RPG Review: Kaleidoscope

RPG review: Kaleidoscope

[SU&SD’s coverage of the growing, amazing story games scene has ranged from sporadic to non-existent. Introducing Hilary McNaughton, a writer and gamer from the land of “Canada” who’ll be helping us out with regular reviews! Please give her a warm welcome.]

Hilary: I don’t watch a ton of movies, so I generally assume if I’ve seen something, everybody’s seen it. But it turns out I’ve watched a higher-than-average number of weird foreign films. I’ve even seen a couple I just did not get. At all.

Maybe you know the kind? Things start out sort of intelligible, then dissolve into weird symbolism and visual effects about halfway through. Or there’s no plot, at least that you can find. Or everything seems normal, except for some reason the director shot the whole thing from a bird’s eye view and you never see anyone’s face.

Sometimes the very best thing about a film like that is picking through it afterwards with your friends. What was with the giant hand in the background of that scene at the park? Why didn’t anyone in the movie comment on the fact the sets were obviously all made of cardboard? Did everyone hate the long shot inside the revolving door, or just me?

Kaleidoscope is a game that brings you all the joy and frustration of discussing an opaque foreign art film, without actually having to sit through one. You and your friends invent the details of a fictitious movie in the same time or less than it would have taken to watch.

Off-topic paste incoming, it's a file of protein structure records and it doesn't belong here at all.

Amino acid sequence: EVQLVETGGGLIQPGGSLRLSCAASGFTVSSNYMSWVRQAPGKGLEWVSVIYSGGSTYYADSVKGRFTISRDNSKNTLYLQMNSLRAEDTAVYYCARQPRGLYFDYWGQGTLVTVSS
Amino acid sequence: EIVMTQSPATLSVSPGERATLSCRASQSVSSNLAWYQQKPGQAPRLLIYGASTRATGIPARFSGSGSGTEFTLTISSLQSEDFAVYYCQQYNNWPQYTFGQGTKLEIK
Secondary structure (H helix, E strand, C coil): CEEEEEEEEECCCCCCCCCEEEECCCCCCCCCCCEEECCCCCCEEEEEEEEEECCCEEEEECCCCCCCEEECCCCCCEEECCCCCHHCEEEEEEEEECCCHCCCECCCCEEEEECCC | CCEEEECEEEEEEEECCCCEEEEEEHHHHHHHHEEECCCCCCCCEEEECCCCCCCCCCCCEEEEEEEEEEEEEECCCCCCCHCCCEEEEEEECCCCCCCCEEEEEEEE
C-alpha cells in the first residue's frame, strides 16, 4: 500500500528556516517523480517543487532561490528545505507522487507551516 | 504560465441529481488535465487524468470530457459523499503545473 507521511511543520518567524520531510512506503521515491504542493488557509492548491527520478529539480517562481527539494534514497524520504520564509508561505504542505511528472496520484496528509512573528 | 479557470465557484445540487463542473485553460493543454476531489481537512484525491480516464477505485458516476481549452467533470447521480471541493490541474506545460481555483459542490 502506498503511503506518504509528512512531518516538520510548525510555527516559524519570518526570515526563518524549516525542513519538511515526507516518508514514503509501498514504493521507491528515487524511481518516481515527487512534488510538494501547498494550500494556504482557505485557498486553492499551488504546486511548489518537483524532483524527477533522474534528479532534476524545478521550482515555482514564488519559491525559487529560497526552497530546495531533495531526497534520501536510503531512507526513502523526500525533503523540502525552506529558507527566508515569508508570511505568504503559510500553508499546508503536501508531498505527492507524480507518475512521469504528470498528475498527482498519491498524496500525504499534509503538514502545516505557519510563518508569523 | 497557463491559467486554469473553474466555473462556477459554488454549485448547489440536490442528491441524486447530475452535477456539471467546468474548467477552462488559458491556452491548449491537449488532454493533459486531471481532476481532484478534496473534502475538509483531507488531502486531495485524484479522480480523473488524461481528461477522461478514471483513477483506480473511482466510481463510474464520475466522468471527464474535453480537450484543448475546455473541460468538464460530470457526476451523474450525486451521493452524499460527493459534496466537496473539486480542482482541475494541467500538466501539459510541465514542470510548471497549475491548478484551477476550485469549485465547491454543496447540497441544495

But how? you ask. I’ll tell you how!

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Kaleidoscope

Kaleidoscope

Gather 3-5 players, set aside 2 hours, and make up an unwatchable “foreign” film using a pile of index cards and your crazy brains!

Use this step-by-step guide to guffaw your group through non-chronologically remembering a wildly bizarre movie that you apparently just watched together! On each player’s turn they write a part or moment into the movie (oh, I mean remember a part or moment of the movie they saw, pardon me) and insert it anywhere into the timeline you’re collaboratively creating!

Kaleidoscope, a thorough stand-alone hack of Ben Robbin’s celebrated Microscope: a fractal role-playing game of epic histories, has been simmering on my back-burner for a couple of years. I want to share the laughs! Through these years Kaleidoscope has been streamlined and made more silly, seen play in numerous conventions up and down the west coast of North America and many living rooms and several cafes, receiving amused or (on one occasion) unamused looks from folks at neighboring tables, and eliciting many decibels of laughter from its players.

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